The next two pieces ‘Famous Hungarians’ and ‘Chico’ really belong together. In fact they share the same melody - these 4 notes (plays). In the case of ‘Famous Hungarians’ it’s a slow piece that sort of asks the question and that means that last note, that blue note, that note of tension, just kind of hangs there (plays). And the whole piece is kind of a slow boil. And then we finally get a bit of resolution because when the piece ‘Chico’ starts it’s much faster but more important than that it takes those 4 notes and adds a 5th resolving note (plays). And with these two pieces I hope you’ll have the impression of the second piece being kind of a fast answer to a slow question.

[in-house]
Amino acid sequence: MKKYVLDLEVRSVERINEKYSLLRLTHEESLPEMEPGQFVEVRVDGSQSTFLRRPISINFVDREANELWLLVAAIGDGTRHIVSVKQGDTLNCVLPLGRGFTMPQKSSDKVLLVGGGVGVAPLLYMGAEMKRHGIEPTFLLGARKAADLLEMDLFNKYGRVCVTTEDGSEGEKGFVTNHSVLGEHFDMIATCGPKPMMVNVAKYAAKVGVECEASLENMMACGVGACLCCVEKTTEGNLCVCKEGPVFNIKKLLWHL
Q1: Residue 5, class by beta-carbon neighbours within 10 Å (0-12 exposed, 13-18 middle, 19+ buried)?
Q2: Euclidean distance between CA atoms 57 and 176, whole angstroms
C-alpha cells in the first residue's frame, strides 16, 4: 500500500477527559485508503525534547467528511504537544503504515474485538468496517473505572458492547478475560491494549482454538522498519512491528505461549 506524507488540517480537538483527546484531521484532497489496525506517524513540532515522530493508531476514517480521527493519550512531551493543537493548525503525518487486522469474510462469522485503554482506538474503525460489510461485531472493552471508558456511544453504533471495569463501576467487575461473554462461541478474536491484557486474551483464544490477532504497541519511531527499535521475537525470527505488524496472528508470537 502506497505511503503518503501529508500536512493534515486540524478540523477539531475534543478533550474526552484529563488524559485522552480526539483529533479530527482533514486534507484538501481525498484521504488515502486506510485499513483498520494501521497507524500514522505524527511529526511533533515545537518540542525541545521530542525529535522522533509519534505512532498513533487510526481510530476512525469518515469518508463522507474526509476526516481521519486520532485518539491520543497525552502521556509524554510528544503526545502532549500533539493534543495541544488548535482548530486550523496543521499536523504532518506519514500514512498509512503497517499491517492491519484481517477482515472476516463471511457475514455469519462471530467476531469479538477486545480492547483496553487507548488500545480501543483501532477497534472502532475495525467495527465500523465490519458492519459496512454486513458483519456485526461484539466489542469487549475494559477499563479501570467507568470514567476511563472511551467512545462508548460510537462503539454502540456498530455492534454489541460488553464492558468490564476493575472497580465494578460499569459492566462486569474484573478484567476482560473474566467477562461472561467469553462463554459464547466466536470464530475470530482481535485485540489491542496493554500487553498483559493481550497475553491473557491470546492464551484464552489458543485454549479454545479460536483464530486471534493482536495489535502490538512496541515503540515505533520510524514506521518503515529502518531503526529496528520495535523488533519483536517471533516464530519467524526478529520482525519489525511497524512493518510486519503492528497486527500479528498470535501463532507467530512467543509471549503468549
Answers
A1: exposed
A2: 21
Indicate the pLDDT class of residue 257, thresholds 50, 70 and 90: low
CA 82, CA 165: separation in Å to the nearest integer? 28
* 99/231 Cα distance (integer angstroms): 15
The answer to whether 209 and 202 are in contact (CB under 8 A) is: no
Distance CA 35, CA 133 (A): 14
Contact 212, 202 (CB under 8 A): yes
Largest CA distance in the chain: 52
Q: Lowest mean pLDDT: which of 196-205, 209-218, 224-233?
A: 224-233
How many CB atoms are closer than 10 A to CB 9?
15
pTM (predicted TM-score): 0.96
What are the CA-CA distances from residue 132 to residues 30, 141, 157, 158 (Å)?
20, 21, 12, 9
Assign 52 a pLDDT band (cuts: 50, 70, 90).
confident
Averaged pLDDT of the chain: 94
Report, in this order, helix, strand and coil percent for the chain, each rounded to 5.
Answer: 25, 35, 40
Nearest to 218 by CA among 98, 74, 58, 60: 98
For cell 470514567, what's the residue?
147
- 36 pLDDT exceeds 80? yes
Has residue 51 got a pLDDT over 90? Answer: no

As I composed THE SOLO PIANO-III pieces I realised I had become much more comfortable with dissonance, with notes that almost sound wrong and on B natural I decided to see how far I could push the idea of what is musical resolution anyway? In the piece we’re basically in a world of major chords (plays). And then normally when you would resolve the end of the phrase (plays) so I take this note, which happens to be a B natural, I believe most composers would resolve it (plays). But I decided to just let it hang there (plays). And because I’m a student of pop structure I thought if I repeat this, this same idea of landing on the wrong note, maybe by the forth or fifth time the ear becomes trained. And so when they hear me building towards the end of the last phrase (plays) at some point the wrong note feels like the right note (plays). And we’ve redefined what a resolution really feels like (plays).